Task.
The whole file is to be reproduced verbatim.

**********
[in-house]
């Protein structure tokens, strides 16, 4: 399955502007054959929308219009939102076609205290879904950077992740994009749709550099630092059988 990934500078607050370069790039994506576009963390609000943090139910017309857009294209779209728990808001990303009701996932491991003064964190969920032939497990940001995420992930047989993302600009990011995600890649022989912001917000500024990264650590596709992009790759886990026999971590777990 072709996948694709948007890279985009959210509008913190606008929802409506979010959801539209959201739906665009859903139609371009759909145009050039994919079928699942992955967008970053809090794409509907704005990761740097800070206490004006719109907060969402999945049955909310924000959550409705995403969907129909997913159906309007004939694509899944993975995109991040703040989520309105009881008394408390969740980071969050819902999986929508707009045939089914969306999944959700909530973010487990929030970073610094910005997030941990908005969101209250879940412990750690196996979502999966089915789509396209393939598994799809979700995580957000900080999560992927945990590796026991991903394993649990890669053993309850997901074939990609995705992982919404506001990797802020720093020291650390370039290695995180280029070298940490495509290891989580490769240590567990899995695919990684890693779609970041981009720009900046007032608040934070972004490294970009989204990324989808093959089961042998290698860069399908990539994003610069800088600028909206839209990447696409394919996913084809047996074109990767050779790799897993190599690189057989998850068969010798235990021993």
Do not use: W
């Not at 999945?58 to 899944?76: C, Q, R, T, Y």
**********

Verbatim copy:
[in-house]
């Protein structure tokens, strides 16, 4: 399955502007054959929308219009939102076609205290879904950077992740994009749709550099630092059988 990934500078607050370069790039994506576009963390609000943090139910017309857009294209779209728990808001990303009701996932491991003064964190969920032939497990940001995420992930047989993302600009990011995600890649022989912001917000500024990264650590596709992009790759886990026999971590777990 072709996948694709948007890279985009959210509008913190606008929802409506979010959801539209959201739906665009859903139609371009759909145009050039994919079928699942992955967008970053809090794409509907704005990761740097800070206490004006719109907060969402999945049955909310924000959550409705995403969907129909997913159906309007004939694509899944993975995109991040703040989520309105009881008394408390969740980071969050819902999986929508707009045939089914969306999944959700909530973010487990929030970073610094910005997030941990908005969101209250879940412990750690196996979502999966089915789509396209393939598994799809979700995580957000900080999560992927945990590796026991991903394993649990890669053993309850997901074939990609995705992982919404506001990797802020720093020291650390370039290695995180280029070298940490495509290891989580490769240590567990899995695919990684890693779609970041981009720009900046007032608040934070972004490294970009989204990324989808093959089961042998290698860069399908990539994003610069800088600028909206839209990447696409394919996913084809047996074109990767050779790799897993190599690189057989998850068969010798235990021993």
Do not use: W
């Not at 999945?58 to 899944?76: C, Q, R, T, Y």